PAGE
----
Common wisdom says that there’s no bad press, but some designers have discovered the painful price that can come from some kinds of media exposure.
Whether you’re dealing with a minor dustup or a major PR catastrophe, knowing how to navigate the waters of media crisis means you can contain a problem before it becomes an outright disaster. Best of all? You can do so without the considerable expense of retaining a PR crisis expert.
The problem: Someone else is taking credit for your design work in a publication.
The strategy: Yes, you can take on the credit-claimer directly, starting with phone calls or emails and escalating to cease and desist missives—or even lawyering up. This approach, however, can not only drain your bank account, it can also suck you into a rabbit hole of rage. Instead, a far more effective approach is to go directly to the source. And in this case, the “source” is the editor of the publication.
Published projects often bear the work of not just one, but many players. Whether another designer, a stylist, or even the homeowner is claiming to be the brains behind a beautiful room, remember that editors and writers have one goal: to present accurate information.
Email the editor and make sure it’s concise and calm (i.e. not written in the heat of the moment or spurred on by Sauvignon Blanc). Most importantly: Be specific. Did you help select architectural finishes that were prominently photographed but had nothing to do with the decor? Make that clear.
In most cases, having your name added as a creator—as opposed to replacing the other designer—is an excellent solution. Now, that media placement goes on your trophy wall as well (score) without a major bridge burned (double score). And an editor will not only appreciate a well-crafted, succinct letter written by a rational human, they may very well also come back to that same no-drama designer the next time they’re looking for a beautiful project.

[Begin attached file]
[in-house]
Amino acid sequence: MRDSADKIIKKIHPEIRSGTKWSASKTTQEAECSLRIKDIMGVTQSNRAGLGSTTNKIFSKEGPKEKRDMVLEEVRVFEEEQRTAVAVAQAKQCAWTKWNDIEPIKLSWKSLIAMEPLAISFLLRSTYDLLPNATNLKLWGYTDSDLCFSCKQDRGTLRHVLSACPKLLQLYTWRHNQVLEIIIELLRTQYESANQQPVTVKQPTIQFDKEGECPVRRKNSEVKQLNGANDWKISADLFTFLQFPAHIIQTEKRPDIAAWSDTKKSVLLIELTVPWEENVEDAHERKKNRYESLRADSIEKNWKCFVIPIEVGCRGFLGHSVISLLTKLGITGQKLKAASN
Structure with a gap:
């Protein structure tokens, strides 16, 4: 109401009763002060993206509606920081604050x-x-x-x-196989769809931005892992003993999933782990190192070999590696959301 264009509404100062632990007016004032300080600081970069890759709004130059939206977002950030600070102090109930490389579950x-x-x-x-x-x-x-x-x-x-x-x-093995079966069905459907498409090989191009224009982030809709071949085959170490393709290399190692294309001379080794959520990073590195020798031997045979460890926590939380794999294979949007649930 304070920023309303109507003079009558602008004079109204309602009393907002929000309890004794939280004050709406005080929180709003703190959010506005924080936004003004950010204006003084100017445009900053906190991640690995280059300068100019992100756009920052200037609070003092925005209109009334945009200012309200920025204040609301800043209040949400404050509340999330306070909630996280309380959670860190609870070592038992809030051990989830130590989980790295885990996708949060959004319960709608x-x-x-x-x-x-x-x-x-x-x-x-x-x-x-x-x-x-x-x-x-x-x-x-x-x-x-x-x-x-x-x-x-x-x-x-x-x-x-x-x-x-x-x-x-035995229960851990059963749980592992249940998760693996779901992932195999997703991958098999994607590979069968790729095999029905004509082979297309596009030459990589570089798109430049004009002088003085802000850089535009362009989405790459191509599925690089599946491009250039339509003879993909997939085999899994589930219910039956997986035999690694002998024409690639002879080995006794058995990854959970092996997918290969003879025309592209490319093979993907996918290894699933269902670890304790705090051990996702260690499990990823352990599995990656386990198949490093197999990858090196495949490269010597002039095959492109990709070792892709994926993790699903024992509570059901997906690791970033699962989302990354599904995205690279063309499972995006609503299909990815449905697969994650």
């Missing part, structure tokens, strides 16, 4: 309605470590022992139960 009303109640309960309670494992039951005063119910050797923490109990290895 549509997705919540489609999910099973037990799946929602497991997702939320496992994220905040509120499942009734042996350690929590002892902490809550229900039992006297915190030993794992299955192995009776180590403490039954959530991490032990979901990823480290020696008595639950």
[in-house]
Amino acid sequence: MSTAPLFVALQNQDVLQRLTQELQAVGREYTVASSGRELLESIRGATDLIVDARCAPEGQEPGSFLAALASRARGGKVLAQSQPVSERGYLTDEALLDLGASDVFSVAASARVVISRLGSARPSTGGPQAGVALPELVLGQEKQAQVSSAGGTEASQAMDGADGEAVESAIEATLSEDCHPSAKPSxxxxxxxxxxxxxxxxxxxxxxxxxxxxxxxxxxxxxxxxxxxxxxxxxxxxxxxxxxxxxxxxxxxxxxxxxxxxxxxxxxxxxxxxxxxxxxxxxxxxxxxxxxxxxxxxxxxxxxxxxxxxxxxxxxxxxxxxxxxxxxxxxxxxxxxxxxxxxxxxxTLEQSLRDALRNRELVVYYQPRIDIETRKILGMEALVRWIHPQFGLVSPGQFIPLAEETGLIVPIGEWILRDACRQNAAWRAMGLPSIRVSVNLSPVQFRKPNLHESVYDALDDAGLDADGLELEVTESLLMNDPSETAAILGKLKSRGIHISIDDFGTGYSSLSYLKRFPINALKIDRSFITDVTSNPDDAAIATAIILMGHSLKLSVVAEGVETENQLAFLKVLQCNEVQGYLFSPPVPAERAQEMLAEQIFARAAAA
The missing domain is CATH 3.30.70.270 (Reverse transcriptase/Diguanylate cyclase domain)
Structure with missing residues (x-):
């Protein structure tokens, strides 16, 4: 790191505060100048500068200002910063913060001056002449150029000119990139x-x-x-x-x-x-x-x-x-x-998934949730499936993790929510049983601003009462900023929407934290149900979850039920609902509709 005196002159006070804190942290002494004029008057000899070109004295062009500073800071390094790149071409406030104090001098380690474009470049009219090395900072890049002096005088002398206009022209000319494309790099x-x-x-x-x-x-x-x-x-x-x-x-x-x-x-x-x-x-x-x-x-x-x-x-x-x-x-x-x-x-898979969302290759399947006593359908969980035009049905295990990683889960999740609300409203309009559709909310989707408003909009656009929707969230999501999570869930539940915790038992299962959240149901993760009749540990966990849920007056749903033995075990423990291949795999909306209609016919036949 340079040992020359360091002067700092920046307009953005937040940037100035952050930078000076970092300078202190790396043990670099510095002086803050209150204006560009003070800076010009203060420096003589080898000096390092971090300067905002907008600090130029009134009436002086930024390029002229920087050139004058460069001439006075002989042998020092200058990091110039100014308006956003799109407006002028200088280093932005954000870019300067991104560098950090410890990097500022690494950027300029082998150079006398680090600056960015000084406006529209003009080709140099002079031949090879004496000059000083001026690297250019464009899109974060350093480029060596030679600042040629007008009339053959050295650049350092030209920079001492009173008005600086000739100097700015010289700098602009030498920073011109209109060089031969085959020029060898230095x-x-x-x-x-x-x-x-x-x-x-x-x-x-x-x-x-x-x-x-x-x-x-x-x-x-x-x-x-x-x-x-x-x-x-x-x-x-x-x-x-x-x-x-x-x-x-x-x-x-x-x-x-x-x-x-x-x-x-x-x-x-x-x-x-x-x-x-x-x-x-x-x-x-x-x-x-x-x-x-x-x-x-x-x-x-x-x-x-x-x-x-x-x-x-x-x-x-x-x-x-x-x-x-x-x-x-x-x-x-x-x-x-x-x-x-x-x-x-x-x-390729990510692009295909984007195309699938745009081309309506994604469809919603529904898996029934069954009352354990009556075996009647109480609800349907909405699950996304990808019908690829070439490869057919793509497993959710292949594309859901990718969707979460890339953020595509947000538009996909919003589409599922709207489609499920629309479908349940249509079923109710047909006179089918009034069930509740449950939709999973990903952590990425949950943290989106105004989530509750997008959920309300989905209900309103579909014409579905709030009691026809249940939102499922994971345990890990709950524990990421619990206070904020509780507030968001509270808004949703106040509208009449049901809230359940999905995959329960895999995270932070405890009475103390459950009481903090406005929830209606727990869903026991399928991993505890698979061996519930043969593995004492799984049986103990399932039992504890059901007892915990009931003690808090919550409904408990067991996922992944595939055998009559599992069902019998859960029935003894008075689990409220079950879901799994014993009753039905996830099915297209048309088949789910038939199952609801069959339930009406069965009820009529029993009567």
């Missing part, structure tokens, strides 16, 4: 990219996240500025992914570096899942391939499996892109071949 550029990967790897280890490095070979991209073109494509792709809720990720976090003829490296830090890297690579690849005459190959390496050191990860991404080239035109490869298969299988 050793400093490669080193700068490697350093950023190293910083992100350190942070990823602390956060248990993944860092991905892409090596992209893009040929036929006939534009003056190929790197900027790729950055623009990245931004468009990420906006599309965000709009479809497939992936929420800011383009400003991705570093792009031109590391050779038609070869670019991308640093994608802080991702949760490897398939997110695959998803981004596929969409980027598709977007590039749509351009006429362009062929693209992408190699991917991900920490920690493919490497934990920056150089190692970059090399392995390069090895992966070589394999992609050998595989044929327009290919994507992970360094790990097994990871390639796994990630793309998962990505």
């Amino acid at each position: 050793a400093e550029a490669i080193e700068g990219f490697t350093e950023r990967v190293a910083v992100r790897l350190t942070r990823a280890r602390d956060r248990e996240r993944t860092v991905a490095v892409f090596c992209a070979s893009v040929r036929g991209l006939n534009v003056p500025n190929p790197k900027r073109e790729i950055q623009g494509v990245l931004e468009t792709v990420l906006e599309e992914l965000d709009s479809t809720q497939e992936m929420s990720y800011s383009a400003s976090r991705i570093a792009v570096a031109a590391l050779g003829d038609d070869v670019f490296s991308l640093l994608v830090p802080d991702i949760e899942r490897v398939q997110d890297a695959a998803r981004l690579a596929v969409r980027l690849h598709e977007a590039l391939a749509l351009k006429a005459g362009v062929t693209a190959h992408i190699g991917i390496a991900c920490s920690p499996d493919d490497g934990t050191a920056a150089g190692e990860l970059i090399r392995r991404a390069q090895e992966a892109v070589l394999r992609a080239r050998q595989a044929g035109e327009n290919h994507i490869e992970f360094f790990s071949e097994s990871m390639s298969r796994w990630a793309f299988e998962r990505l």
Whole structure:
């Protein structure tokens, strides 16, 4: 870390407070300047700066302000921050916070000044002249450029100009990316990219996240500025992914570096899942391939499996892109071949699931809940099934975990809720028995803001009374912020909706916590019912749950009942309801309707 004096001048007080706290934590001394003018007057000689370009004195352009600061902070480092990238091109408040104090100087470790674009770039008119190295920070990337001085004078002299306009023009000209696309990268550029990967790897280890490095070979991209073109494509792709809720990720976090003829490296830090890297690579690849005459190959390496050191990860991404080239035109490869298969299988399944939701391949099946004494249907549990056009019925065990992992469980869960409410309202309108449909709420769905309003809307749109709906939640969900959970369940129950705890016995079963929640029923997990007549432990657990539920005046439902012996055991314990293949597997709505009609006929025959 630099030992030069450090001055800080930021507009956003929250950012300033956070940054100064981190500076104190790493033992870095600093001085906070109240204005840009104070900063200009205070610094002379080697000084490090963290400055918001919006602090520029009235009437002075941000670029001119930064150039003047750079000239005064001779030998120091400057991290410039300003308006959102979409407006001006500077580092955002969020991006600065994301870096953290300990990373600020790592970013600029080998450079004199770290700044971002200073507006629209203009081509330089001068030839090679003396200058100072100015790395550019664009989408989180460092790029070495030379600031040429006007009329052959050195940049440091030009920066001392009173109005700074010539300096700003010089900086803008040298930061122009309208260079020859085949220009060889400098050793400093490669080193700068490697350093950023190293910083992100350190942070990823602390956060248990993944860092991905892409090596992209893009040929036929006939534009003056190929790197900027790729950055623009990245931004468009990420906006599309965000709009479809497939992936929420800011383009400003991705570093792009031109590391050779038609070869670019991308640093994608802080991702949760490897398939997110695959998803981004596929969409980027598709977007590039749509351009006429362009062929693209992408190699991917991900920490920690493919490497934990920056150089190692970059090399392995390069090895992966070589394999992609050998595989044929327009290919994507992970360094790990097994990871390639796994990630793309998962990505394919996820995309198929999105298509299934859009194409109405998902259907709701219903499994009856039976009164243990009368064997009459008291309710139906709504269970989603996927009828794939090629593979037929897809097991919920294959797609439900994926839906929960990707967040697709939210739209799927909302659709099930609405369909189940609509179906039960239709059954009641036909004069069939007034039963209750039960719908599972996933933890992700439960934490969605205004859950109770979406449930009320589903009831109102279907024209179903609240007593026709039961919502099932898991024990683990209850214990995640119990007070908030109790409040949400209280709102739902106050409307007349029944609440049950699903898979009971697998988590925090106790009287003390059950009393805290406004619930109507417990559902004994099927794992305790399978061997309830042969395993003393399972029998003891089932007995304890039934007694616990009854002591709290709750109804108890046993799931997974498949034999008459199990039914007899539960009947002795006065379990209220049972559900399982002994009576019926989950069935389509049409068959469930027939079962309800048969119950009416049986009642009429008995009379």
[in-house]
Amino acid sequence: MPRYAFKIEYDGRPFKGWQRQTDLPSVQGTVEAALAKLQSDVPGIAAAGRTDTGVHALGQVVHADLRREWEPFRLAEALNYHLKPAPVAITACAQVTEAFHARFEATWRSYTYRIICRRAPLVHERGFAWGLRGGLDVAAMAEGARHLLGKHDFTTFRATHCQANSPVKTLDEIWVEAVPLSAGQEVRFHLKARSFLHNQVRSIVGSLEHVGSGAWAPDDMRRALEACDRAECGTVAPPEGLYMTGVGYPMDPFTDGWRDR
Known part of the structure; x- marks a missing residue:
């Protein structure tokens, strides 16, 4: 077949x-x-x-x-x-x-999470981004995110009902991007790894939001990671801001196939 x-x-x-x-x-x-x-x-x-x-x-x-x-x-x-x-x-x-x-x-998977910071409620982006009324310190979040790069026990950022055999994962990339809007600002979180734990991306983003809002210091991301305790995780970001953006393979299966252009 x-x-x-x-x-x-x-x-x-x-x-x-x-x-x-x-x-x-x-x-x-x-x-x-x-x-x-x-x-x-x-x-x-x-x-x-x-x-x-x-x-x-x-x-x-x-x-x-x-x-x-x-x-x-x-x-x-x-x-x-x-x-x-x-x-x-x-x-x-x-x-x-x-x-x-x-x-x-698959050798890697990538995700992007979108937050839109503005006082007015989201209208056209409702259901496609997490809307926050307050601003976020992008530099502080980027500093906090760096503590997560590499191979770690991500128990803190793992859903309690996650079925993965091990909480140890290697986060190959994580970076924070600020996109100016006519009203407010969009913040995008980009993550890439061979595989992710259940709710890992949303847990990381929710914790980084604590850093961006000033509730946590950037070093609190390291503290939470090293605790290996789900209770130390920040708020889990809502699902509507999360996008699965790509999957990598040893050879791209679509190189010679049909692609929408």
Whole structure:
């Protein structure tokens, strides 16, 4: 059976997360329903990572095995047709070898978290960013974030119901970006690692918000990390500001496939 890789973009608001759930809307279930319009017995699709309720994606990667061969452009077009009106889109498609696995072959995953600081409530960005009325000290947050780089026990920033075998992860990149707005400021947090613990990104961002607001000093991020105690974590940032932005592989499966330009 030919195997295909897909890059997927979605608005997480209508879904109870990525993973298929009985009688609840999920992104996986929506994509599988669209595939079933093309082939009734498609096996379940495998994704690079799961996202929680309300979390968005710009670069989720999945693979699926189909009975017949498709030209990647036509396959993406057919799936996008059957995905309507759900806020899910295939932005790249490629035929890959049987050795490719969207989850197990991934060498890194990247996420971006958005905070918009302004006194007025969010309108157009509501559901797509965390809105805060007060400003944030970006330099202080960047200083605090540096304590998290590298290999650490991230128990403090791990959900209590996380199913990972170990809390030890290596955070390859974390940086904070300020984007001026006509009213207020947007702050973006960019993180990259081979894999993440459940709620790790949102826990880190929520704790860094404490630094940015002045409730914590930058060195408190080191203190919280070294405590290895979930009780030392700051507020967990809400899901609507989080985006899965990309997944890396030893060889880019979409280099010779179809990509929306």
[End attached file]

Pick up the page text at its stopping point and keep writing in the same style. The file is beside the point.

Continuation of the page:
The problem: Your design client has been implicated in a scandal.
The strategy: You’ve just had the project photographed—a five-figure, multi-day endeavor. And just as the home was poised for glory in the glossies, you’ve discovered that the owner of said home is making news themselves—none of it positive. Can the project be salvaged from a PR perspective? Unless you are willing to risk sacrificing your own reputation, the answer is most often no.
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“Even if you think that a celebrity is amazing, you do not want to align yourself with them if there’s a true scandal,” says Courtney Pisarik, CEO of Ink PR and Marketing Group, which specializes in the architecture and design industry. “And it’s advisable to keep a distance on all fronts: On your website, your portfolio, and, of course, your social media.” Is it an entirely lost cause? Not necessarily, says Pisarik. “Be attuned to the possibility of forgiveness in the public eye. If that happens, you may have the ability to get the project published after all.” At the very least, you will have a beautiful record of a project that you can refer to without mentioning the homeowner.